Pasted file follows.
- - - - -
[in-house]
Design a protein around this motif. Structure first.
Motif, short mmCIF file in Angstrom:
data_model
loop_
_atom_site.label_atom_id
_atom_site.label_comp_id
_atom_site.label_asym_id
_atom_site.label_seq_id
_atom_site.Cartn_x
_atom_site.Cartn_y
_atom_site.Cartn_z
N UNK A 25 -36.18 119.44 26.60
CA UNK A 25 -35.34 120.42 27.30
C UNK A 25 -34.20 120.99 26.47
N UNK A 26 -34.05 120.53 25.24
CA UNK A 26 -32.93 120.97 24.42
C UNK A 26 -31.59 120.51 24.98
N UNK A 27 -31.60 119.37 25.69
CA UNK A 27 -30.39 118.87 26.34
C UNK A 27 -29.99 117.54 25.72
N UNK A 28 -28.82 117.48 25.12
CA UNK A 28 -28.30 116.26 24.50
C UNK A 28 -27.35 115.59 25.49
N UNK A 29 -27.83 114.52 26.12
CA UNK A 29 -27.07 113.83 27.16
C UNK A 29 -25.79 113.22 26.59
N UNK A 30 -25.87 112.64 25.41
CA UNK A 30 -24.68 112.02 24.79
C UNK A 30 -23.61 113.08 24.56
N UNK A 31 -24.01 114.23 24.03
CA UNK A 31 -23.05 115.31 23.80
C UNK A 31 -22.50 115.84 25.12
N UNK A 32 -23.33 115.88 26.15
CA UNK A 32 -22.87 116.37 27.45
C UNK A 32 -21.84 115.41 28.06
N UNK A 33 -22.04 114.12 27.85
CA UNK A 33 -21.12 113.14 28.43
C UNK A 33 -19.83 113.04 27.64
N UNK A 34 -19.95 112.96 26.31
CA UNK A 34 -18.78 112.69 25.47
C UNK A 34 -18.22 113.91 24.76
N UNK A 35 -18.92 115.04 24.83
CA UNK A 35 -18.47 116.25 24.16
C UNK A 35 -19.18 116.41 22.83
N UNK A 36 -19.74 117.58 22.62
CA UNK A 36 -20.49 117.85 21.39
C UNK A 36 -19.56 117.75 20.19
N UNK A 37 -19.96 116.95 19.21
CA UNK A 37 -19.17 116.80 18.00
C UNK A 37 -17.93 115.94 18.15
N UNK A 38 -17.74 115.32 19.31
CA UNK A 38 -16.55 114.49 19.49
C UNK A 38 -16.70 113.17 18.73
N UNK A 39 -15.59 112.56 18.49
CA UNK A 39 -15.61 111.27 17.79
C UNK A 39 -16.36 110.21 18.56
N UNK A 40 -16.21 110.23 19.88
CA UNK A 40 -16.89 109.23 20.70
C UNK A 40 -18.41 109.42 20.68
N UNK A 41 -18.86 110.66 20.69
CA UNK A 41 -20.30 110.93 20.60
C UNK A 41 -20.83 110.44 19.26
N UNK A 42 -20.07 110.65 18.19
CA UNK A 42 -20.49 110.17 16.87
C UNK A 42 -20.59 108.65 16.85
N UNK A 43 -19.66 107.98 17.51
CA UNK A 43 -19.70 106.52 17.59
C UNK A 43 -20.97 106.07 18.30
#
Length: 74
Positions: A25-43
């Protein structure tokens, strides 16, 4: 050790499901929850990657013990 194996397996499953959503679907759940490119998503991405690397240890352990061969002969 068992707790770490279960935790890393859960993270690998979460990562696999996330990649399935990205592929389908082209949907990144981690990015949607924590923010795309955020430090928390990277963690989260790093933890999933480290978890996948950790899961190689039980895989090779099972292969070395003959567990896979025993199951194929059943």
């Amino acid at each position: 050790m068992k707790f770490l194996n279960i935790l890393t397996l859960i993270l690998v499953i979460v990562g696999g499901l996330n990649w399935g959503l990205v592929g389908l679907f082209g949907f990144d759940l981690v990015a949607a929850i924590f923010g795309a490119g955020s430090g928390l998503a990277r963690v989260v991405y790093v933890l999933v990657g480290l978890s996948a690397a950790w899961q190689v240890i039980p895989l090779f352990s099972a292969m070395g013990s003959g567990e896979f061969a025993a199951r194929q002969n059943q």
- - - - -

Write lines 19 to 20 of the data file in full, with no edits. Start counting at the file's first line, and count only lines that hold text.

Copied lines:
N UNK A 27 -31.60 119.37 25.69
CA UNK A 27 -30.39 118.87 26.34